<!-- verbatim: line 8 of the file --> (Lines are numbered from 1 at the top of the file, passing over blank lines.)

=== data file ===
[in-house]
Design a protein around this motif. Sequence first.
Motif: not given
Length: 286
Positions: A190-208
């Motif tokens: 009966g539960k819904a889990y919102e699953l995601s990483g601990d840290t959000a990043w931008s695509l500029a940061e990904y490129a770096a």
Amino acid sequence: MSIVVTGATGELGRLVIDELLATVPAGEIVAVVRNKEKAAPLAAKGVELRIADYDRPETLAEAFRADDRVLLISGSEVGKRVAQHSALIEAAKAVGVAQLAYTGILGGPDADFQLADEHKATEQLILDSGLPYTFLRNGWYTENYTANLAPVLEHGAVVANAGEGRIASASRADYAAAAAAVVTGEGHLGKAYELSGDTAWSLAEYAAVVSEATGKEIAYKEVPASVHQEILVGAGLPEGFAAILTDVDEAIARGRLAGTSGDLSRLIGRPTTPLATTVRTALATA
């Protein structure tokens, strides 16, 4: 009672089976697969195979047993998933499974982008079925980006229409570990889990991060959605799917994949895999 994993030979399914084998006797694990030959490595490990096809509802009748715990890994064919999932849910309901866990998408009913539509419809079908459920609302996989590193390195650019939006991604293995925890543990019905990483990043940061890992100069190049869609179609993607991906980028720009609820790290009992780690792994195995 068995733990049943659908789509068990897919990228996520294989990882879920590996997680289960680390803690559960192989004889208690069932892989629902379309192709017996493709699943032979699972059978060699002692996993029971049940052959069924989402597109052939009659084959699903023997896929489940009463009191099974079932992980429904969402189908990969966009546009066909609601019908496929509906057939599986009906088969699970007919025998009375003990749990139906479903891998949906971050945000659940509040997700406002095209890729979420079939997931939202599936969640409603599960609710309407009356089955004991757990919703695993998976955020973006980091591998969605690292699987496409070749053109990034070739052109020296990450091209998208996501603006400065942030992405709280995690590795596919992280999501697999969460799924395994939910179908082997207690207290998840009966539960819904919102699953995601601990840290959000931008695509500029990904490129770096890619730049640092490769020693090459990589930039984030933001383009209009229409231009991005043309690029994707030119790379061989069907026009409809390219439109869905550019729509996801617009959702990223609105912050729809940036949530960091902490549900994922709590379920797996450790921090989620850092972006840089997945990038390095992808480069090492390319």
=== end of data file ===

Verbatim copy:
């Protein structure tokens, strides 16, 4: 009672089976697969195979047993998933499974982008079925980006229409570990889990991060959605799917994949895999 994993030979399914084998006797694990030959490595490990096809509802009748715990890994064919999932849910309901866990998408009913539509419809079908459920609302996989590193390195650019939006991604293995925890543990019905990483990043940061890992100069190049869609179609993607991906980028720009609820790290009992780690792994195995 068995733990049943659908789509068990897919990228996520294989990882879920590996997680289960680390803690559960192989004889208690069932892989629902379309192709017996493709699943032979699972059978060699002692996993029971049940052959069924989402597109052939009659084959699903023997896929489940009463009191099974079932992980429904969402189908990969966009546009066909609601019908496929509906057939599986009906088969699970007919025998009375003990749990139906479903891998949906971050945000659940509040997700406002095209890729979420079939997931939202599936969640409603599960609710309407009356089955004991757990919703695993998976955020973006980091591998969605690292699987496409070749053109990034070739052109020296990450091209998208996501603006400065942030992405709280995690590795596919992280999501697999969460799924395994939910179908082997207690207290998840009966539960819904919102699953995601601990840290959000931008695509500029990904490129770096890619730049640092490769020693090459990589930039984030933001383009209009229409231009991005043309690029994707030119790379061989069907026009409809390219439109869905550019729509996801617009959702990223609105912050729809940036949530960091902490549900994922709590379920797996450790921090989620850092972006840089997945990038390095992808480069090492390319």